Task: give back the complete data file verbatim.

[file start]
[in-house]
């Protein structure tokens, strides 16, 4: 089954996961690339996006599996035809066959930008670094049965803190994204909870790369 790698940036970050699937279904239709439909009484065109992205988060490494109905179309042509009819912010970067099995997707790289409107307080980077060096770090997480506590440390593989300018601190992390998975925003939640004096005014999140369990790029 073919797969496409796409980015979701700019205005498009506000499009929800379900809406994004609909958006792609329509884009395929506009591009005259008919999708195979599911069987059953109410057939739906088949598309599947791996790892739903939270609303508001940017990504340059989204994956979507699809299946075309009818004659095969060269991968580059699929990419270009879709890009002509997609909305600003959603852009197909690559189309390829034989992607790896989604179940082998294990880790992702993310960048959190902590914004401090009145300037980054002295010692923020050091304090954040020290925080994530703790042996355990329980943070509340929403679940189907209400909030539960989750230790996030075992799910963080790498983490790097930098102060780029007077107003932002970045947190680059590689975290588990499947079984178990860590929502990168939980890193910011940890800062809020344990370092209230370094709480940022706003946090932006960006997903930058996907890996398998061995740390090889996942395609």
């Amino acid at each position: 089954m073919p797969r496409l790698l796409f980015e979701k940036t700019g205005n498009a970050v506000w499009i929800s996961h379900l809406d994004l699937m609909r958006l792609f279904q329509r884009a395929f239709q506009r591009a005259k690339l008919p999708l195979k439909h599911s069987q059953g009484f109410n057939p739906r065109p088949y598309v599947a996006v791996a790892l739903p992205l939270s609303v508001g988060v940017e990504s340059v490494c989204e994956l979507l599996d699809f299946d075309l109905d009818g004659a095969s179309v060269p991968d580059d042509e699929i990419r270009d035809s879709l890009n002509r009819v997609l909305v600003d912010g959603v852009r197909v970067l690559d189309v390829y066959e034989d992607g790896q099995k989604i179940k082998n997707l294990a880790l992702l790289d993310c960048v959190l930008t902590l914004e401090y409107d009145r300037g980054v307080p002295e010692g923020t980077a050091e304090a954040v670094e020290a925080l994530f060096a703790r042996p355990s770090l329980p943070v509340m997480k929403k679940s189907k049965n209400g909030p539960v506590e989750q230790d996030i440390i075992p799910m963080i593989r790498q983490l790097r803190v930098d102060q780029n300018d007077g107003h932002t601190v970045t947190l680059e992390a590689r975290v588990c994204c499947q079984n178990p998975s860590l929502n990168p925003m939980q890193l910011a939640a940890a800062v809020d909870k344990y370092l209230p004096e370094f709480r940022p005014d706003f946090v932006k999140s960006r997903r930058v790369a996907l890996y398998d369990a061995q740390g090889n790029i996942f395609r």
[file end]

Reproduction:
[in-house]
């Protein structure tokens, strides 16, 4: 089954996961690339996006599996035809066959930008670094049965803190994204909870790369 790698940036970050699937279904239709439909009484065109992205988060490494109905179309042509009819912010970067099995997707790289409107307080980077060096770090997480506590440390593989300018601190992390998975925003939640004096005014999140369990790029 073919797969496409796409980015979701700019205005498009506000499009929800379900809406994004609909958006792609329509884009395929506009591009005259008919999708195979599911069987059953109410057939739906088949598309599947791996790892739903939270609303508001940017990504340059989204994956979507699809299946075309009818004659095969060269991968580059699929990419270009879709890009002509997609909305600003959603852009197909690559189309390829034989992607790896989604179940082998294990880790992702993310960048959190902590914004401090009145300037980054002295010692923020050091304090954040020290925080994530703790042996355990329980943070509340929403679940189907209400909030539960989750230790996030075992799910963080790498983490790097930098102060780029007077107003932002970045947190680059590689975290588990499947079984178990860590929502990168939980890193910011940890800062809020344990370092209230370094709480940022706003946090932006960006997903930058996907890996398998061995740390090889996942395609």
């Amino acid at each position: 089954m073919p797969r496409l790698l796409f980015e979701k940036t700019g205005n498009a970050v506000w499009i929800s996961h379900l809406d994004l699937m609909r958006l792609f279904q329509r884009a395929f239709q506009r591009a005259k690339l008919p999708l195979k439909h599911s069987q059953g009484f109410n057939p739906r065109p088949y598309v599947a996006v791996a790892l739903p992205l939270s609303v508001g988060v940017e990504s340059v490494c989204e994956l979507l599996d699809f299946d075309l109905d009818g004659a095969s179309v060269p991968d580059d042509e699929i990419r270009d035809s879709l890009n002509r009819v997609l909305v600003d912010g959603v852009r197909v970067l690559d189309v390829y066959e034989d992607g790896q099995k989604i179940k082998n997707l294990a880790l992702l790289d993310c960048v959190l930008t902590l914004e401090y409107d009145r300037g980054v307080p002295e010692g923020t980077a050091e304090a954040v670094e020290a925080l994530f060096a703790r042996p355990s770090l329980p943070v509340m997480k929403k679940s189907k049965n209400g909030p539960v506590e989750q230790d996030i440390i075992p799910m963080i593989r790498q983490l790097r803190v930098d102060q780029n300018d007077g107003h932002t601190v970045t947190l680059e992390a590689r975290v588990c994204c499947q079984n178990p998975s860590l929502n990168p925003m939980q890193l910011a939640a940890a800062v809020d909870k344990y370092l209230p004096e370094f709480r940022p005014d706003f946090v932006k999140s960006r997903r930058v790369a996907l890996y398998d369990a061995q740390g090889n790029i996942f395609r």